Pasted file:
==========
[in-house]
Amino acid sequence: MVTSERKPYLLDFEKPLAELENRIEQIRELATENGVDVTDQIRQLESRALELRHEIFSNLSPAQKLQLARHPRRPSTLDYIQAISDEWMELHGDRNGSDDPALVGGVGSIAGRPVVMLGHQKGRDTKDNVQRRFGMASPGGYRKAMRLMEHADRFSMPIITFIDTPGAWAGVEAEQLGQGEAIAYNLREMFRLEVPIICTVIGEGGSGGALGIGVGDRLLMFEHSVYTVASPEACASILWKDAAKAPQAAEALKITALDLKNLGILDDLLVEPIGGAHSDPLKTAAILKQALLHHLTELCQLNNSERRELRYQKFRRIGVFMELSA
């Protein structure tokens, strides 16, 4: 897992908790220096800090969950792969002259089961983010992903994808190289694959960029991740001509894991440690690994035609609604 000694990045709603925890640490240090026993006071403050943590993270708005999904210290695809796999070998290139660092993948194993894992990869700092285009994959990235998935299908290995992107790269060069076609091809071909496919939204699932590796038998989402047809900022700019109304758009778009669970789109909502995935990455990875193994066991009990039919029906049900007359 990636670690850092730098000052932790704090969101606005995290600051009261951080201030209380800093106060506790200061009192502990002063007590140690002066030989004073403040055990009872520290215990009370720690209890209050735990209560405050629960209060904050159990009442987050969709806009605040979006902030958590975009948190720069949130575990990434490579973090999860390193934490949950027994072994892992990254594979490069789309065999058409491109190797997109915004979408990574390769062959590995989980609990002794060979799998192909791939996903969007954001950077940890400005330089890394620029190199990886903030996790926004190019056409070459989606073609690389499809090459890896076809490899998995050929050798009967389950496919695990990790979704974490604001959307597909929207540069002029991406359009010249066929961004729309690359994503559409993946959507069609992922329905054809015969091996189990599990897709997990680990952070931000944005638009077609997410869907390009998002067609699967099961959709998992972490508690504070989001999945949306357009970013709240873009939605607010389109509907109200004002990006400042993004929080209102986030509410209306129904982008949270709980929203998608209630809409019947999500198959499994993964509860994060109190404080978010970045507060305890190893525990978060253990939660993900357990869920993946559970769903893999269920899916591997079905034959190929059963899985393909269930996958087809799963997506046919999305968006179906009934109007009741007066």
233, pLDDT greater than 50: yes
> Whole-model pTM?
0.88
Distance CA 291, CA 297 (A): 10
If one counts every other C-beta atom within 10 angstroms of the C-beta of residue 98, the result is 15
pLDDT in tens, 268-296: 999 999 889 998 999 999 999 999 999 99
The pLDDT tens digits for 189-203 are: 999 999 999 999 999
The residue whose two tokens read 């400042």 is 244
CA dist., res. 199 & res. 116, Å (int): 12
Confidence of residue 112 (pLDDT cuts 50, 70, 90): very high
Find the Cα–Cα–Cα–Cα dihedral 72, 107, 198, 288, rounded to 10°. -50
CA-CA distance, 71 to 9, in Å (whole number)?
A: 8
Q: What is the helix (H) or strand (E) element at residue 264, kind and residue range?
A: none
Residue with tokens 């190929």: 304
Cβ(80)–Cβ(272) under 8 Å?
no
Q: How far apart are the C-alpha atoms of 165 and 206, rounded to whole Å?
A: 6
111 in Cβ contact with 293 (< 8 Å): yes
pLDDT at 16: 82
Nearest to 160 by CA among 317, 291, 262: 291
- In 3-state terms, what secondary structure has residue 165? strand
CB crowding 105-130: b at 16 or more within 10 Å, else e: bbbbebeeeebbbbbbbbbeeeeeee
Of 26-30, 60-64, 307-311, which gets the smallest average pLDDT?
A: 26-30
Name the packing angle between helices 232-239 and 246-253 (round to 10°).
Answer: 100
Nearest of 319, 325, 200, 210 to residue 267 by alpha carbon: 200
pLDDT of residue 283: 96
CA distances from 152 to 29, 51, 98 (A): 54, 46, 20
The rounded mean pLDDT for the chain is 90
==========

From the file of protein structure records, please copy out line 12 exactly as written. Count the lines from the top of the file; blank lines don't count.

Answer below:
CA dist., res. 199 & res. 116, Å (int): 12